Closed-end funds had a market-price return of 26.2% in 2019, as measured by a linked benchmark consisting of the Morningstar U.S. All Taxable ex-Foreign Equity Closed-End Fund Index and the S-Network All Taxable ex-Foreign plus Capped Muni CEF Index.1 By comparison, the S&P 500 Index2 and the Barclays Capital U.S. Aggregate Bond Index3 had total returns of 31.5% and 8.7%, respectively.
Closed-end funds had strong gains in 2019, along with their underlying investments. Financial markets rallied amid accommodative Federal Reserve policies, encouraging U.S. economic data, better-than-expected corporate earnings results and progress in international trade negotiations. Moving forcefully to counter economic risks, the Fed reduced rates three times during 2019, reversing most of the rate hikes it had implemented during the prior 12 months. The economy saw further support from healthy levels of consumer spending, supported in turn by falling unemployment and gradually rising wages. International markets, most of which experienced weaker economic growth than the United States, rallied late in the year with improving manufacturing data and progress toward a U.S.–China trade agreement.
Closed-end funds' discounts to net asset value (NAV) narrowed across all major categories. The average discount on equity funds went from 6.9% to 3.3%, compared with the category's long-term average of 5.3%. The average discount on taxable fixed income funds went from 7.5% to 0.8%, tighter than the long-term average of 3.1%. Tax-exempt funds' average discount moved the most, dropping from 11.5% to 4.0%, slightly wider than the long-term average of 3.8%.
Real estate funds (43.4% return) were top performers in the equity category. Most equity-fund sectors had gains in the 25% to 35% range. Real estate was a notable outperformer, favored for its above-average and relatively stable, lease- based income. Master limited partnership funds (15.1%) had a relatively modest gain. MLPs had a strong start to the year, but were volatile in the second half of the period due to increased concerns about energy volumes and counterparty risk.
Investors in fixed income securities showed a preference for quality income. Within taxable fixed income, higher-quality sectors such as investment grade (31.6%) outperformed. Funds that invest in preferred securities (33.4%), which are issued mainly by large, regulated companies, also outperformed. Convertibles funds (36.3%) were a top performer, showing their typical sensitivity to moves in equity markets. The bank loan sector (16.7%) was a relative underperformer, restrained somewhat by a decline in interest rates in the period.
Closed-end fund IPOs picked up in the year. The year saw a total of 10 deals raising $5.1 billion in closed-end fund initial public offerings, the highest amount since 2013. A shift in the IPO structure, with investors no longer paying the up-front underwriting fees, along with buoyant asset markets and narrower than average secondary market discounts to NAV, all likely contributed to this renewed (but still relatively modest) interest in fund IPOs.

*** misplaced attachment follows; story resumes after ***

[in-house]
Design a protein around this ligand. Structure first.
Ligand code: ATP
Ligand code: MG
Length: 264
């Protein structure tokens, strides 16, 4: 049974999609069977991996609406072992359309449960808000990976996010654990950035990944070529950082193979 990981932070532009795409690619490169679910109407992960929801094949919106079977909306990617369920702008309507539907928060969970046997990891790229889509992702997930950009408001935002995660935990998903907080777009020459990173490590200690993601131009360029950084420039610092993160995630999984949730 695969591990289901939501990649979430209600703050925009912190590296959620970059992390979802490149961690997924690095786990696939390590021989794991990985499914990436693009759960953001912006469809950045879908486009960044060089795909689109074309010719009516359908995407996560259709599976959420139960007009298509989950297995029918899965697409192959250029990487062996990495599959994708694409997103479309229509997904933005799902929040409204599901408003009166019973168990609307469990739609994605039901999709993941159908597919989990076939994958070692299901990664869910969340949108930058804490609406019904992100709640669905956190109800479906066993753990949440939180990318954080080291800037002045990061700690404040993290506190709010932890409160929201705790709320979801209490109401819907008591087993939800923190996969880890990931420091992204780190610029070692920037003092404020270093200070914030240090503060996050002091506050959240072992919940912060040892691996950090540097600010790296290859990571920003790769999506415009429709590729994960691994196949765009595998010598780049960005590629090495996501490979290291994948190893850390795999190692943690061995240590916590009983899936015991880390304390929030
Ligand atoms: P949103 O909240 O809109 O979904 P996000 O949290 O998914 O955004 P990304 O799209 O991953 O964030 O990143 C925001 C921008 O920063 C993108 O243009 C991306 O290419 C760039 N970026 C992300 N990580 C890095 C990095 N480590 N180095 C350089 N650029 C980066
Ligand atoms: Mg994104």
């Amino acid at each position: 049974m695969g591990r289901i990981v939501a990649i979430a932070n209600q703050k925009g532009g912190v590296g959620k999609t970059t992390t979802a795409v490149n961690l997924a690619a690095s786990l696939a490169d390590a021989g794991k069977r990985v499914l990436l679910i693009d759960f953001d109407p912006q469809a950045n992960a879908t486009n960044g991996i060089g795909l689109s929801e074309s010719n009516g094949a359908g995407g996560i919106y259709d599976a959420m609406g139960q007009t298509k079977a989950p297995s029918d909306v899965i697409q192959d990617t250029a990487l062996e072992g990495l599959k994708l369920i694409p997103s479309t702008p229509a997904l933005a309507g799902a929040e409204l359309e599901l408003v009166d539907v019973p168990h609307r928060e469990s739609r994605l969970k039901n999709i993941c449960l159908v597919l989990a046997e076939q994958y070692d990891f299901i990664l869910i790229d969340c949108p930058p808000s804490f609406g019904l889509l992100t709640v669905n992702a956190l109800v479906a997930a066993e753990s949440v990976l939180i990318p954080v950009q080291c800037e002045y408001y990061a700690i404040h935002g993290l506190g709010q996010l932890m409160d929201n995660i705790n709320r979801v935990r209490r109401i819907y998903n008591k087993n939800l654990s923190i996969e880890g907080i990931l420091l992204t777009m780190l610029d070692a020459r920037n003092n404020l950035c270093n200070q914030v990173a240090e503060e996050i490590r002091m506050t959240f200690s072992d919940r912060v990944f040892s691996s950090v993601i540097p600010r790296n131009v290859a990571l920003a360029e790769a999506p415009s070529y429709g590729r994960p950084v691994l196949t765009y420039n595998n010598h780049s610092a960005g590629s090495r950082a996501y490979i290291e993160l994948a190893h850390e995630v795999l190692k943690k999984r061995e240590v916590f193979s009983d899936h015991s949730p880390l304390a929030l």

Given the likelihood of continued economic growth, the Fed could disappoint markets in the scale and timing of any further "insurance" rate cuts. Lower short-end rates should help the earnings power of levered closed-end funds and raise the appeal of a relatively higher-yielding structure; however, given the time lag it takes for those effects to flow through, any cuts currently priced in are effectively neutralizing past rate hikes. An eventual return to higher short- end rates would again challenge the earnings power for closed-end funds with leverage in their capital structure.
We believe that selectivity will remain key going forward, as broad measures of closed-end fund discounts have generally moved inside their historical averages this year. Valuations rarely stop once they reach historical averages, and with the current scramble for yield in full force, further discount narrowing may be the path of least resistance. With that said, we still see relative value opportunities within sectors, as specific fund mispricing remains a feature of the closed-end fund market.
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(1) Returns are based on market price. Prior to 7/31/19, the benchmark was the Morningstar US All Taxable Ex-Foreign Equity Index. Thereafter, it is the S-Network All Taxable ex-Foreign plus Capped Muni CEF Index. The S-Network All Taxable ex-Foreign plus Capped Muni CEF Index is a market capitalization-weighted index comprising all taxable closed-end funds and Diversified Municipal Bond Funds, except for single-country funds and region-specific equity funds The Morningstar US All Taxable Ex-Foreign Equity Index measures the market-capitalization-weighted total return of taxable equity and fixed income closed-end funds; it excludes international, regional and country closed-end funds. Index returns update frequently and are subject to change. All closed-end fund sector returns are based on Cohen & Steers calculations and classifications of the current U.S. listed closed end fund universe.
(2) The S&P 500 Index is an unmanaged index of 500 large capitalization, publicly traded stocks that is frequently used as a general measure of stock market performance.
(3) The Barclays Capital U.S. Aggregate Bond Index includes U.S. government, corporate and mortgage-backed securities with maturities of at least one year. Benchmark returns are shown for comparative purposes only and may not necessarily be representative of the Fund's portfolio.